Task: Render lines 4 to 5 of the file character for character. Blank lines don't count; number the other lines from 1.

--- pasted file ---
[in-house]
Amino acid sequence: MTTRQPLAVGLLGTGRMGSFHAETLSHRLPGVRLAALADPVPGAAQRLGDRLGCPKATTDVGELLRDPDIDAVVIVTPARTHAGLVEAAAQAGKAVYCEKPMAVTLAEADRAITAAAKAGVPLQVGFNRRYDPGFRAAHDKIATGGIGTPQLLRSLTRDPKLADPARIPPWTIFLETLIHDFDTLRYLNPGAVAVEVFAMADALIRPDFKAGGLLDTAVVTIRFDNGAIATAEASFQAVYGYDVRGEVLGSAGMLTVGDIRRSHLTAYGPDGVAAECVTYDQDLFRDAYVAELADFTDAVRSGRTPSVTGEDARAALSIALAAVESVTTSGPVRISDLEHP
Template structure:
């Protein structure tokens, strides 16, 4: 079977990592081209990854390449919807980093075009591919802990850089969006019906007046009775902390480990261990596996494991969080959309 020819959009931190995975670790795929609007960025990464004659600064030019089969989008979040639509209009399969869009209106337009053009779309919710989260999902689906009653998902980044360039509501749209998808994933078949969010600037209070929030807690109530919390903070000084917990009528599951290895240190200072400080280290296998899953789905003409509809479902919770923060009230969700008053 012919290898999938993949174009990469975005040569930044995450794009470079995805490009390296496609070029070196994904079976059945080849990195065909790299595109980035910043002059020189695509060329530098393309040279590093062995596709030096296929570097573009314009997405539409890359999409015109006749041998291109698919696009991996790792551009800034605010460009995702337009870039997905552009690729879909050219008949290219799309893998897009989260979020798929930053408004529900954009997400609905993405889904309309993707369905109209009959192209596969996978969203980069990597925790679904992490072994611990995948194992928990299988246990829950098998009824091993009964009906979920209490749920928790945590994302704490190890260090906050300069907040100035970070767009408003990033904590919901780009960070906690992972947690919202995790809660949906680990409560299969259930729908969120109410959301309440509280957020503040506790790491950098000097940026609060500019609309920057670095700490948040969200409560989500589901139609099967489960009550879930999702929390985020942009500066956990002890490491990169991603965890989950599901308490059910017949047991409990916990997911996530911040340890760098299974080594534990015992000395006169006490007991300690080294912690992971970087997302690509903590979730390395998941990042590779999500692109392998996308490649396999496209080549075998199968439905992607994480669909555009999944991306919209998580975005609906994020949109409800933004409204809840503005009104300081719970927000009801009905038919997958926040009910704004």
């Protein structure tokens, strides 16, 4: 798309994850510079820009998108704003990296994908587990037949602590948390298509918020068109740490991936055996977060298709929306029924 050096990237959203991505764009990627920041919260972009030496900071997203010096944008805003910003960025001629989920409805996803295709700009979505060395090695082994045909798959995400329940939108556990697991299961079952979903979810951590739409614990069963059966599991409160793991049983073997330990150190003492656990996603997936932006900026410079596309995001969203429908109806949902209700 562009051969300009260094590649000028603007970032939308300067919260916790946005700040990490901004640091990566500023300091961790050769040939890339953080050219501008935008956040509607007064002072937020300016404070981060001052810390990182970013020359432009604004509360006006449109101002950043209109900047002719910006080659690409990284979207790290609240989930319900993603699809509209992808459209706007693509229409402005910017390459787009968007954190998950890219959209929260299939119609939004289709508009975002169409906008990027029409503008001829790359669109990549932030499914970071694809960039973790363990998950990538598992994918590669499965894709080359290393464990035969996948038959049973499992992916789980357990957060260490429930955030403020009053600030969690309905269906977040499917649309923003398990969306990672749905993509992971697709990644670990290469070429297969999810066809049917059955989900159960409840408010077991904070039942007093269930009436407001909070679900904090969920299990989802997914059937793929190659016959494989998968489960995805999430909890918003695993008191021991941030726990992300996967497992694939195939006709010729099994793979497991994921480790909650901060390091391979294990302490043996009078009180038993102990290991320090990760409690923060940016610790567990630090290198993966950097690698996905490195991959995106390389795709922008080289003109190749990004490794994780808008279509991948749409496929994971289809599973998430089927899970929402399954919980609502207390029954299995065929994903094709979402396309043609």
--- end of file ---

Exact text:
């Protein structure tokens, strides 16, 4: 079977990592081209990854390449919807980093075009591919802990850089969006019906007046009775902390480990261990596996494991969080959309 020819959009931190995975670790795929609007960025990464004659600064030019089969989008979040639509209009399969869009209106337009053009779309919710989260999902689906009653998902980044360039509501749209998808994933078949969010600037209070929030807690109530919390903070000084917990009528599951290895240190200072400080280290296998899953789905003409509809479902919770923060009230969700008053 012919290898999938993949174009990469975005040569930044995450794009470079995805490009390296496609070029070196994904079976059945080849990195065909790299595109980035910043002059020189695509060329530098393309040279590093062995596709030096296929570097573009314009997405539409890359999409015109006749041998291109698919696009991996790792551009800034605010460009995702337009870039997905552009690729879909050219008949290219799309893998897009989260979020798929930053408004529900954009997400609905993405889904309309993707369905109209009959192209596969996978969203980069990597925790679904992490072994611990995948194992928990299988246990829950098998009824091993009964009906979920209490749920928790945590994302704490190890260090906050300069907040100035970070767009408003990033904590919901780009960070906690992972947690919202995790809660949906680990409560299969259930729908969120109410959301309440509280957020503040506790790491950098000097940026609060500019609309920057670095700490948040969200409560989500589901139609099967489960009550879930999702929390985020942009500066956990002890490491990169991603965890989950599901308490059910017949047991409990916990997911996530911040340890760098299974080594534990015992000395006169006490007991300690080294912690992971970087997302690509903590979730390395998941990042590779999500692109392998996308490649396999496209080549075998199968439905992607994480669909555009999944991306919209998580975005609906994020949109409800933004409204809840503005009104300081719970927000009801009905038919997958926040009910704004």
């Protein structure tokens, strides 16, 4: 798309994850510079820009998108704003990296994908587990037949602590948390298509918020068109740490991936055996977060298709929306029924 050096990237959203991505764009990627920041919260972009030496900071997203010096944008805003910003960025001629989920409805996803295709700009979505060395090695082994045909798959995400329940939108556990697991299961079952979903979810951590739409614990069963059966599991409160793991049983073997330990150190003492656990996603997936932006900026410079596309995001969203429908109806949902209700 562009051969300009260094590649000028603007970032939308300067919260916790946005700040990490901004640091990566500023300091961790050769040939890339953080050219501008935008956040509607007064002072937020300016404070981060001052810390990182970013020359432009604004509360006006449109101002950043209109900047002719910006080659690409990284979207790290609240989930319900993603699809509209992808459209706007693509229409402005910017390459787009968007954190998950890219959209929260299939119609939004289709508009975002169409906008990027029409503008001829790359669109990549932030499914970071694809960039973790363990998950990538598992994918590669499965894709080359290393464990035969996948038959049973499992992916789980357990957060260490429930955030403020009053600030969690309905269906977040499917649309923003398990969306990672749905993509992971697709990644670990290469070429297969999810066809049917059955989900159960409840408010077991904070039942007093269930009436407001909070679900904090969920299990989802997914059937793929190659016959494989998968489960995805999430909890918003695993008191021991941030726990992300996967497992694939195939006709010729099994793979497991994921480790909650901060390091391979294990302490043996009078009180038993102990290991320090990760409690923060940016610790567990630090290198993966950097690698996905490195991959995106390389795709922008080289003109190749990004490794994780808008279509991948749409496929994971289809599973998430089927899970929402399954919980609502207390029954299995065929994903094709979402396309043609």